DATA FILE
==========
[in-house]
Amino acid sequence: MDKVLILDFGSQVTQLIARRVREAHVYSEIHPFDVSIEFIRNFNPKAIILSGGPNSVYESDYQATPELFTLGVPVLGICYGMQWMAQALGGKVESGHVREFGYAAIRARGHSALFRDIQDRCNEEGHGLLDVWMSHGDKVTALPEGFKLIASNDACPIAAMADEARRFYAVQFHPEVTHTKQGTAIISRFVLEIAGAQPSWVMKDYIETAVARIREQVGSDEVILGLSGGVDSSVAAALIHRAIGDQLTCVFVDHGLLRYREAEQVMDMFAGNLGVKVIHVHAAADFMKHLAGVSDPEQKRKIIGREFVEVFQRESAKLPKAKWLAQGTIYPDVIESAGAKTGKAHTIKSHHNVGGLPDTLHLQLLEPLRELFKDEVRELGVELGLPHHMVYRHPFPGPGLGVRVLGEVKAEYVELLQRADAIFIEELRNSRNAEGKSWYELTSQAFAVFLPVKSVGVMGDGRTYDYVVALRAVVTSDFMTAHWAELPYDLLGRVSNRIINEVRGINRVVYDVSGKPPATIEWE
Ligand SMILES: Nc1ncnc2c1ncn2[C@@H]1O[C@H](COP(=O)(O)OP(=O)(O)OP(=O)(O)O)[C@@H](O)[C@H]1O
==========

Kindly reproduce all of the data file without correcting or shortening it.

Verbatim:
[in-house]
Amino acid sequence: MDKVLILDFGSQVTQLIARRVREAHVYSEIHPFDVSIEFIRNFNPKAIILSGGPNSVYESDYQATPELFTLGVPVLGICYGMQWMAQALGGKVESGHVREFGYAAIRARGHSALFRDIQDRCNEEGHGLLDVWMSHGDKVTALPEGFKLIASNDACPIAAMADEARRFYAVQFHPEVTHTKQGTAIISRFVLEIAGAQPSWVMKDYIETAVARIREQVGSDEVILGLSGGVDSSVAAALIHRAIGDQLTCVFVDHGLLRYREAEQVMDMFAGNLGVKVIHVHAAADFMKHLAGVSDPEQKRKIIGREFVEVFQRESAKLPKAKWLAQGTIYPDVIESAGAKTGKAHTIKSHHNVGGLPDTLHLQLLEPLRELFKDEVRELGVELGLPHHMVYRHPFPGPGLGVRVLGEVKAEYVELLQRADAIFIEELRNSRNAEGKSWYELTSQAFAVFLPVKSVGVMGDGRTYDYVVALRAVVTSDFMTAHWAELPYDLLGRVSNRIINEVRGINRVVYDVSGKPPATIEWE
Ligand SMILES: Nc1ncnc2c1ncn2[C@@H]1O[C@H](COP(=O)(O)OP(=O)(O)OP(=O)(O)O)[C@@H](O)[C@H]1O